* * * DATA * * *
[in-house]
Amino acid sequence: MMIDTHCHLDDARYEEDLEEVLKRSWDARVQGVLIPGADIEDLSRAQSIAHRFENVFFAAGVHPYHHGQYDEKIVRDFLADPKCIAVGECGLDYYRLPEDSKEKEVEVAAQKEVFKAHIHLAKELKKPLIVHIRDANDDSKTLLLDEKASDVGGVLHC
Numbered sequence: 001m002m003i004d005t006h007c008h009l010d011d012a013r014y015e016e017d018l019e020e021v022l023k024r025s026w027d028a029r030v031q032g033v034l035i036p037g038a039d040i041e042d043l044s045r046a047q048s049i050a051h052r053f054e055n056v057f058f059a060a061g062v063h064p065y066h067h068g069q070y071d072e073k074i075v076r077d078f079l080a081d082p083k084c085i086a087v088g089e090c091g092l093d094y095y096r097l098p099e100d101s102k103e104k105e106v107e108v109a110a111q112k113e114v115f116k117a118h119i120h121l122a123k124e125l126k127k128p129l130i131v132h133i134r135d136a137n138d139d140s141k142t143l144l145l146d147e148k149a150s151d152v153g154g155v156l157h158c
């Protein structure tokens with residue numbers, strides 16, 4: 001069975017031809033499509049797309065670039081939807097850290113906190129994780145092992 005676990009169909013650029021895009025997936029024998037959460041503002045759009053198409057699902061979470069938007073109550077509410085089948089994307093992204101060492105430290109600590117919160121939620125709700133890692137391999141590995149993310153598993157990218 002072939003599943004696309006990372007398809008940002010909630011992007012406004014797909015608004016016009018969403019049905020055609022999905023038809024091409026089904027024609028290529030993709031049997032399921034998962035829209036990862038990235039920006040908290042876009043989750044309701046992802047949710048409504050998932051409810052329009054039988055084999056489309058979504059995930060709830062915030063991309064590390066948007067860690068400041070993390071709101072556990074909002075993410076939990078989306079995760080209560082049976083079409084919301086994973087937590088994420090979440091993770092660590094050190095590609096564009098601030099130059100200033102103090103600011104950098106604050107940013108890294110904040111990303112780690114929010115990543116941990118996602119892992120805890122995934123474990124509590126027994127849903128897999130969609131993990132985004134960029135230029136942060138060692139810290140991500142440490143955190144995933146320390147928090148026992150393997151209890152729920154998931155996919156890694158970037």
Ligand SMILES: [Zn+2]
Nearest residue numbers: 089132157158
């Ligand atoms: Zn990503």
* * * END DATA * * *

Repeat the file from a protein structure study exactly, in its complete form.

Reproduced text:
[in-house]
Amino acid sequence: MMIDTHCHLDDARYEEDLEEVLKRSWDARVQGVLIPGADIEDLSRAQSIAHRFENVFFAAGVHPYHHGQYDEKIVRDFLADPKCIAVGECGLDYYRLPEDSKEKEVEVAAQKEVFKAHIHLAKELKKPLIVHIRDANDDSKTLLLDEKASDVGGVLHC
Numbered sequence: 001m002m003i004d005t006h007c008h009l010d011d012a013r014y015e016e017d018l019e020e021v022l023k024r025s026w027d028a029r030v031q032g033v034l035i036p037g038a039d040i041e042d043l044s045r046a047q048s049i050a051h052r053f054e055n056v057f058f059a060a061g062v063h064p065y066h067h068g069q070y071d072e073k074i075v076r077d078f079l080a081d082p083k084c085i086a087v088g089e090c091g092l093d094y095y096r097l098p099e100d101s102k103e104k105e106v107e108v109a110a111q112k113e114v115f116k117a118h119i120h121l122a123k124e125l126k127k128p129l130i131v132h133i134r135d136a137n138d139d140s141k142t143l144l145l146d147e148k149a150s151d152v153g154g155v156l157h158c
């Protein structure tokens with residue numbers, strides 16, 4: 001069975017031809033499509049797309065670039081939807097850290113906190129994780145092992 005676990009169909013650029021895009025997936029024998037959460041503002045759009053198409057699902061979470069938007073109550077509410085089948089994307093992204101060492105430290109600590117919160121939620125709700133890692137391999141590995149993310153598993157990218 002072939003599943004696309006990372007398809008940002010909630011992007012406004014797909015608004016016009018969403019049905020055609022999905023038809024091409026089904027024609028290529030993709031049997032399921034998962035829209036990862038990235039920006040908290042876009043989750044309701046992802047949710048409504050998932051409810052329009054039988055084999056489309058979504059995930060709830062915030063991309064590390066948007067860690068400041070993390071709101072556990074909002075993410076939990078989306079995760080209560082049976083079409084919301086994973087937590088994420090979440091993770092660590094050190095590609096564009098601030099130059100200033102103090103600011104950098106604050107940013108890294110904040111990303112780690114929010115990543116941990118996602119892992120805890122995934123474990124509590126027994127849903128897999130969609131993990132985004134960029135230029136942060138060692139810290140991500142440490143955190144995933146320390147928090148026992150393997151209890152729920154998931155996919156890694158970037």
Ligand SMILES: [Zn+2]
Nearest residue numbers: 089132157158
């Ligand atoms: Zn990503």